A magazine insert for RSD Travel, a travel provider, seen in Boundless Magazine in February 2019 included the text “Especially for you as a reader of BOUNDLESS MAGAZINE!...Dear Reader, For you as a reader of BOUNDLESS MAGAZINE, we have something very special, Thanks to our excellent contacts in Cyprus, we invite you to join us on one of the UK’s most popular cultural tours: 8-day 5-star cultural tour of Cyprus…Flights and transfers, Accommodation in selected 4- and 5-star hotels, a spectacular range of excursions, many other services at a special rate from only £129* instead of £1129 per person”. A highlighted box included the text “Regular price £1,129…Your saving -£1,000”. Additional pages set out a breakdown of what was included in the tour and the individual savings made on the price of elements such as flights, accommodation and the tour. Attached was a voucher for the tour for a saving of £1,000 per person with the text “Personal voucher for: You, as a reader of BOUNDLESS MAGAZINE”.
The complainant challenged whether the claim “Your saving £1,000” was misleading and could be substantiated.
RSD Travel Ltd said that the pricing and basis of the price comparison were clearly stated in the ad which also referred to how the “from” price was calculated. The footnotes at the bottom of the ad stated that the price example was calculated on 30 November 2018 for travel dates between 15 and 22 January 2020. They explained that the “from” price in the ad was not based on the price of tours previously sold by RSD but on the prices that would be charged if the components of the tour (such as flights, accommodation, transfers and tours) were booked separately by the consumer.
The price comparison was made on a like for like basis. The footnotes included details as to the identity of the comparators and said that the basis of the pricing was transparent to enable consumers to make an informed decision. They provided a comparison table of their discounted prices for each component of the tour against the prices offered by individual suppliers. They said that the cost of the return flight from Manchester to Ercan on Turkish Airlines was based on the cheapest cancellable available flight which included luggage. In relation to the price of transfers, the price was based on airport to hotel transfers booked via a third-party website and the price of the accommodation was also based on two hotels booked through a third-party website. They said that the price of the coach tour was referred to in the footnote of the ad in relation to the excursions alongside the price of an optional extra dinner package.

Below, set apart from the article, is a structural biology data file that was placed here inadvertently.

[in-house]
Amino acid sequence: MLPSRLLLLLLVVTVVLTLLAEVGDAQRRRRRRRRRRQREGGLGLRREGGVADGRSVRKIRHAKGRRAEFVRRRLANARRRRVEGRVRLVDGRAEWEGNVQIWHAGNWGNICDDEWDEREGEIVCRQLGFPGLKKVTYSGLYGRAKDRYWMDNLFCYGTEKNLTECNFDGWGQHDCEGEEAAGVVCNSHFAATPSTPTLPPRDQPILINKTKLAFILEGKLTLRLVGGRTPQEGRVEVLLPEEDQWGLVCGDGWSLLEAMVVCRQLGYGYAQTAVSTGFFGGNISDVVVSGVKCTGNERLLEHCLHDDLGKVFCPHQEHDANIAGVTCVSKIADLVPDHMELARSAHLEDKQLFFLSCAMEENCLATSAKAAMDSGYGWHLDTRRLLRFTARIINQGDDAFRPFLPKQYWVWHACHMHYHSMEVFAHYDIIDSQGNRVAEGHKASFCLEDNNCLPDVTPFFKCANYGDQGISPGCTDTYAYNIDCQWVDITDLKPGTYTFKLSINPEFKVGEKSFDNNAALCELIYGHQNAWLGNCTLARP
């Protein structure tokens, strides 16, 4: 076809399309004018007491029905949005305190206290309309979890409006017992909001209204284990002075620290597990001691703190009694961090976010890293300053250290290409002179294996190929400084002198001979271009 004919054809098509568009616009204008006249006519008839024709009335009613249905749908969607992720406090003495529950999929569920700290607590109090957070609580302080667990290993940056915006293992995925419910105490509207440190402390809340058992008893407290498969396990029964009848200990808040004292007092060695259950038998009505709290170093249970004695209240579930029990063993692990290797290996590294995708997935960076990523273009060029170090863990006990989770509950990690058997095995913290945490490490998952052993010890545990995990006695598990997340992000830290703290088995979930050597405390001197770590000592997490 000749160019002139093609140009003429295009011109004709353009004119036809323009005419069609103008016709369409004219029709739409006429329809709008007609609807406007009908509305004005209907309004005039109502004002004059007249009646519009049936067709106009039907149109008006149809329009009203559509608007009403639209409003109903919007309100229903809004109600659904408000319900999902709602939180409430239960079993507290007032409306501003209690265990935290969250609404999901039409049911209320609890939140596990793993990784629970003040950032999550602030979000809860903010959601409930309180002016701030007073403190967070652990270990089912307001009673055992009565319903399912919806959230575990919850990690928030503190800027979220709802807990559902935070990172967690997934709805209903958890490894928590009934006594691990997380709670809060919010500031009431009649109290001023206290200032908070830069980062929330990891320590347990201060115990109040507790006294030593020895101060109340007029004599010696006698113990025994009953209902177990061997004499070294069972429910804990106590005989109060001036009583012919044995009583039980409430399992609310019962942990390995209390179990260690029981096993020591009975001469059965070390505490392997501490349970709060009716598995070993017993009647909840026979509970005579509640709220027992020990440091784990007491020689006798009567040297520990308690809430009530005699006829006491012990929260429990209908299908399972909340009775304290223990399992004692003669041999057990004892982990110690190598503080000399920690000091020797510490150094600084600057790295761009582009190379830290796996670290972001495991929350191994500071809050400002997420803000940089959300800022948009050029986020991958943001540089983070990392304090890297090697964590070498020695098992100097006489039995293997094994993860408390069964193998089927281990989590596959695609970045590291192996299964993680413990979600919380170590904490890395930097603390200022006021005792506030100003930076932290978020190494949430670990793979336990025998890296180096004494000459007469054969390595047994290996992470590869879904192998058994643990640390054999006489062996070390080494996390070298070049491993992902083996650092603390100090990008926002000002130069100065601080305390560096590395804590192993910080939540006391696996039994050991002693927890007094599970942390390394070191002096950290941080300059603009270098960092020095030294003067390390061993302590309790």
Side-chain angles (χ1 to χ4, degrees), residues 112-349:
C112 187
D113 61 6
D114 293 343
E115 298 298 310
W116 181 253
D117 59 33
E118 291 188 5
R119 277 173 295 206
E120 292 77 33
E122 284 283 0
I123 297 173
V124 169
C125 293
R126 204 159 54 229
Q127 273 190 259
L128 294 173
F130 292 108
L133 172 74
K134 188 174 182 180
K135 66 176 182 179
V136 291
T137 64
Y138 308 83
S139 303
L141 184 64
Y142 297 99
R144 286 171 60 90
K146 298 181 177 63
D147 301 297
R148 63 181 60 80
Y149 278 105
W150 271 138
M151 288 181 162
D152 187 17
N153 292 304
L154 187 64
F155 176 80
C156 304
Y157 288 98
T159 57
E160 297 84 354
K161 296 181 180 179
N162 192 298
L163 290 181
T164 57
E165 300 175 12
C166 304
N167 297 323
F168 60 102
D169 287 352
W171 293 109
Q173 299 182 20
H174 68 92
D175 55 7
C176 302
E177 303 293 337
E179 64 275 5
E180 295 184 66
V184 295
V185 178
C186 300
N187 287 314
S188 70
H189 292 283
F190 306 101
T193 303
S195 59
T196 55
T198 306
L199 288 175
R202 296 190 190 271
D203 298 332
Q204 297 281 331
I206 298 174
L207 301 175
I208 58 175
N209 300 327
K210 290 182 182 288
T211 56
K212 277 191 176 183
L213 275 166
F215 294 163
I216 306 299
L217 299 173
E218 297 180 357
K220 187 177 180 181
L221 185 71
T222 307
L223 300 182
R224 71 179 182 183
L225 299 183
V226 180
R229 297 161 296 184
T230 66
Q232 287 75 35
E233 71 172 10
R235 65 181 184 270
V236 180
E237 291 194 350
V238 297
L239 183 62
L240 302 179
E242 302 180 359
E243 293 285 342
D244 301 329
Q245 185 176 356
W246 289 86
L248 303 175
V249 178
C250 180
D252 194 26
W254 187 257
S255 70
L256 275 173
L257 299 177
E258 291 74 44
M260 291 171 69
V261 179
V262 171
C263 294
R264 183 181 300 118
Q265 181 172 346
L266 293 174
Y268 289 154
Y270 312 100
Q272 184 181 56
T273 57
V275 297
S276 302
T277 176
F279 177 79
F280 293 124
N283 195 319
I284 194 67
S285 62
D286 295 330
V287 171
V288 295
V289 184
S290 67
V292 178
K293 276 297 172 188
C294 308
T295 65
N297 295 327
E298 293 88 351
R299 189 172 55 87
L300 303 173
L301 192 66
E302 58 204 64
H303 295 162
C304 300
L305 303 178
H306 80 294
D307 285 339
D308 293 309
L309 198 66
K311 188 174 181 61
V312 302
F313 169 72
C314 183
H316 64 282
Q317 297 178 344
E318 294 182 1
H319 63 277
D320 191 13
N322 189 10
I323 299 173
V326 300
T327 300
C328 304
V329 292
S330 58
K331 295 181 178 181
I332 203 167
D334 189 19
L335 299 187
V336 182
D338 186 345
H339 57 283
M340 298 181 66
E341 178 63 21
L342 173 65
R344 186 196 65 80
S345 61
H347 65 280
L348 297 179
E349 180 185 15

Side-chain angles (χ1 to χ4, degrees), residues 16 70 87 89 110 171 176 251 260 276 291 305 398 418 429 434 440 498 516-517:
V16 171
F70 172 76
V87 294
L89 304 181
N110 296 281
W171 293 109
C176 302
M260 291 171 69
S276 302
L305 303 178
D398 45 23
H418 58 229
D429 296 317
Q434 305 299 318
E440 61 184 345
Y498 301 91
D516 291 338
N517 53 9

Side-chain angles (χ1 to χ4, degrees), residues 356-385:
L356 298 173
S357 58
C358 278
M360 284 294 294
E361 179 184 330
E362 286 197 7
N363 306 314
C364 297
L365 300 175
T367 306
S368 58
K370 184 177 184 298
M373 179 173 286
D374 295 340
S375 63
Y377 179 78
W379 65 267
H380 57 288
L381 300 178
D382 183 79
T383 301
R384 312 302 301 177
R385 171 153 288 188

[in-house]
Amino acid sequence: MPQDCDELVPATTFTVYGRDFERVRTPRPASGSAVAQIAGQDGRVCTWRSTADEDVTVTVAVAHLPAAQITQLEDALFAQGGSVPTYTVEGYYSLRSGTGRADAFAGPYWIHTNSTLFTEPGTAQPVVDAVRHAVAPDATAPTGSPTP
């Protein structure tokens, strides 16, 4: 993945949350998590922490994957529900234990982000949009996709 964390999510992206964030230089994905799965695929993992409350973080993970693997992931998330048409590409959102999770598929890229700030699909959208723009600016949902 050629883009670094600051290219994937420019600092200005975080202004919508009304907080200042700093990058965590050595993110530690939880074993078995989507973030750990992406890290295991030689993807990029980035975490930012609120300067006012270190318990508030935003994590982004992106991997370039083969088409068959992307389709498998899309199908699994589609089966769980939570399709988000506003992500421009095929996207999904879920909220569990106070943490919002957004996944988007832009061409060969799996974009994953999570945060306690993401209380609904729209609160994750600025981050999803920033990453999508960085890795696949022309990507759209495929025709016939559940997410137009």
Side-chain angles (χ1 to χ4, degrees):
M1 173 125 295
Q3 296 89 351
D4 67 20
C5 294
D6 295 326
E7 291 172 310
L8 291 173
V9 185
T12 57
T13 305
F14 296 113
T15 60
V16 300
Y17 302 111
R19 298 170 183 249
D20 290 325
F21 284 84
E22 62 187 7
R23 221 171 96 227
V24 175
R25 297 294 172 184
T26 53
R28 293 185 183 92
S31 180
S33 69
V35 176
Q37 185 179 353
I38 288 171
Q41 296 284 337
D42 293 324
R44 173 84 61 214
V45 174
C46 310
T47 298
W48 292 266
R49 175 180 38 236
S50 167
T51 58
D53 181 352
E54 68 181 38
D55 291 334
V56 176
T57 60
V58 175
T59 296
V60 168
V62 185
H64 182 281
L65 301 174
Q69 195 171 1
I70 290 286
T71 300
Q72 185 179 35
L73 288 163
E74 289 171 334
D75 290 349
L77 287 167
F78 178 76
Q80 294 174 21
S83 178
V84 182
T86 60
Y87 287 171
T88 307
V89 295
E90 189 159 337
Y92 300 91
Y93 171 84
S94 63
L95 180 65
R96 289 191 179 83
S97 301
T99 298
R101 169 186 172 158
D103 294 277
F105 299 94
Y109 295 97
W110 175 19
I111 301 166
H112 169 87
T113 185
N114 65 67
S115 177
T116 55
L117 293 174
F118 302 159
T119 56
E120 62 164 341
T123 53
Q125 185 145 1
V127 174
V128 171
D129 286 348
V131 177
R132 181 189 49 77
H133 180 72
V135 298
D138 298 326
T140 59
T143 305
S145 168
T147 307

The price comparison data was obtained and updated every three months and was clearly stated as the date of the comparison in relation to the Cyprus tour. They provided a table which set out the price comparison of their tour with the price of the individual components of the tour booked separately. The time frame from obtaining price comparisons to publication, was approximately 15 weeks. They acknowledged that individual prices could go up or down during the travel period stated in the ad. RSD offered to remove the words “especially for you” and to include the wording “these prices may go up as well as down” in the footnotes. They stated that they had not received any complaints relating to misleading pricing from the 5,155 customers who had participated in the tour during the 2018/19 season.